For most of us, Seoul is simply known as the largest metropolis in South Korea and the country's capital.
A city that pops up in the news mostly when referencing tensions with North Korea, or perhaps to discuss one of its corporate giants such as Samsung, Hyundai or Kia, it's a destination that remains somewhat hazy or undefined.
The wildly popular 2012 song Gangnam Style is probably the most vivid recent cultural association most have with Seoul, thanks to South Korean musician Psy and those amusing dance moves that became a pop phenomenon.
But ask a hipster, and he will describe an under the radar culture in some of the city's outlying neighborhoods that involves a thriving and funky coffee shop scene and a constantly changing fashion industry, where clothing can be purchased on the cheap in back alley shopping or discount malls.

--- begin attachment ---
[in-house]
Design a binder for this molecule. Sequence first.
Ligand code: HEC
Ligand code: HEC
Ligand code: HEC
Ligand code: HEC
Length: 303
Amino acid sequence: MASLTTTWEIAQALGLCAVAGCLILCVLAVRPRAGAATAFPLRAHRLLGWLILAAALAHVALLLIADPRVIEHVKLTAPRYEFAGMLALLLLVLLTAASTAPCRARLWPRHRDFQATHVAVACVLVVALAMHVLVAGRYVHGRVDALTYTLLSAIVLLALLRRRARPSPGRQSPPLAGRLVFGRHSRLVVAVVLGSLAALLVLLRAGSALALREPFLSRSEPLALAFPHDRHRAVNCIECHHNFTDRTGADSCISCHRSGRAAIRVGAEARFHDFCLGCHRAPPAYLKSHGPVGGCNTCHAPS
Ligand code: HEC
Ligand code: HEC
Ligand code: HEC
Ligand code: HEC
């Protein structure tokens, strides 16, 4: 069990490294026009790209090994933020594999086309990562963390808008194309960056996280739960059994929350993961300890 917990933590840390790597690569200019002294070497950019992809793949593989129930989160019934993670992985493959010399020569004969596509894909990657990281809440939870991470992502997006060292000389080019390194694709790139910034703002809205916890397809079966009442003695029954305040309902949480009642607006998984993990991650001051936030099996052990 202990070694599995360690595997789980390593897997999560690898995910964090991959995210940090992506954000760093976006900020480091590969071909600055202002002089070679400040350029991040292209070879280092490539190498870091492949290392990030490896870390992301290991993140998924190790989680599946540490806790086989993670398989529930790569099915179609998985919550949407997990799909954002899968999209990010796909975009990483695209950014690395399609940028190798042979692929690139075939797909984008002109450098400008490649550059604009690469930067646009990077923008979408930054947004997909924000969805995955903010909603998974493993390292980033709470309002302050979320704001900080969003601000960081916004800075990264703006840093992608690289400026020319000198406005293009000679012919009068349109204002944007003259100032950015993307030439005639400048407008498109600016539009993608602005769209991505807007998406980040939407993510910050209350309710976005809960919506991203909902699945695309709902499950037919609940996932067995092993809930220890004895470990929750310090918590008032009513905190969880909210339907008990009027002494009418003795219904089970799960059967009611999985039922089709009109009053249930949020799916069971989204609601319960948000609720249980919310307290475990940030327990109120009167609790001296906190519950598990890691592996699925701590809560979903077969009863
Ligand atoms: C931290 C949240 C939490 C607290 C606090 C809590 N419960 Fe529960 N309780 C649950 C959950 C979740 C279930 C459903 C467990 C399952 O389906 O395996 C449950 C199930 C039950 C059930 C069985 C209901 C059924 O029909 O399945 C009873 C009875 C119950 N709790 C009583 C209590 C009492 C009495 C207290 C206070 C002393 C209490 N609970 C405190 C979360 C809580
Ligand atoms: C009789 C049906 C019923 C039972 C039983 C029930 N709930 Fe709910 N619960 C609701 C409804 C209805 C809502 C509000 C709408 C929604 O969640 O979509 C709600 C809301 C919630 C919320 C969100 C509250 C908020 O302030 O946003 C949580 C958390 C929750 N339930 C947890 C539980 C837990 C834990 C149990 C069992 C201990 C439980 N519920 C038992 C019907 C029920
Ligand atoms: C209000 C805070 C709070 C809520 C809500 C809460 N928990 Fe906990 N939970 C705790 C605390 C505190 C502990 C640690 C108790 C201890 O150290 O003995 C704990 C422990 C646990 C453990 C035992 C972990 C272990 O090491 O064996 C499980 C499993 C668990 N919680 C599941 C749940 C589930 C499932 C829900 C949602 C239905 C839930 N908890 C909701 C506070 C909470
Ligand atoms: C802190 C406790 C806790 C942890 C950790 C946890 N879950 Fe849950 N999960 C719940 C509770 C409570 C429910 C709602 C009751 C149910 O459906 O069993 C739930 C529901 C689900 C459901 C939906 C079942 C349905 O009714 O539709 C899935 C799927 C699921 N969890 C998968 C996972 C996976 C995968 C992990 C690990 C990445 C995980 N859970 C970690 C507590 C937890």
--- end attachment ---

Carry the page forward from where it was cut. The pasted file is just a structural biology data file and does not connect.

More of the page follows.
There's also a fascinating night market culture, where travelers can sample dried squid on sticks and indulge in night time culinary tours.
"Hongdae is where all the coffee shops are. It's just insane - there's neon billboards everywhere and all the very, very hip people are there," says James Treacher, of the London-based Touriocity, a company that specializes in developing custom travel opportunities. "There's loads of coffee shops on every corner. It's the place to go for hipsters."
"Gangnam is where you go for shopping," he adds. "It's like the Rodeo Drive of Seoul, high-class shopping, a lot of women in high heels. It's all very glitzy and glamourous. But if you go off on the side streets, there's tons of cheap places, and that's where you will find the hipsters."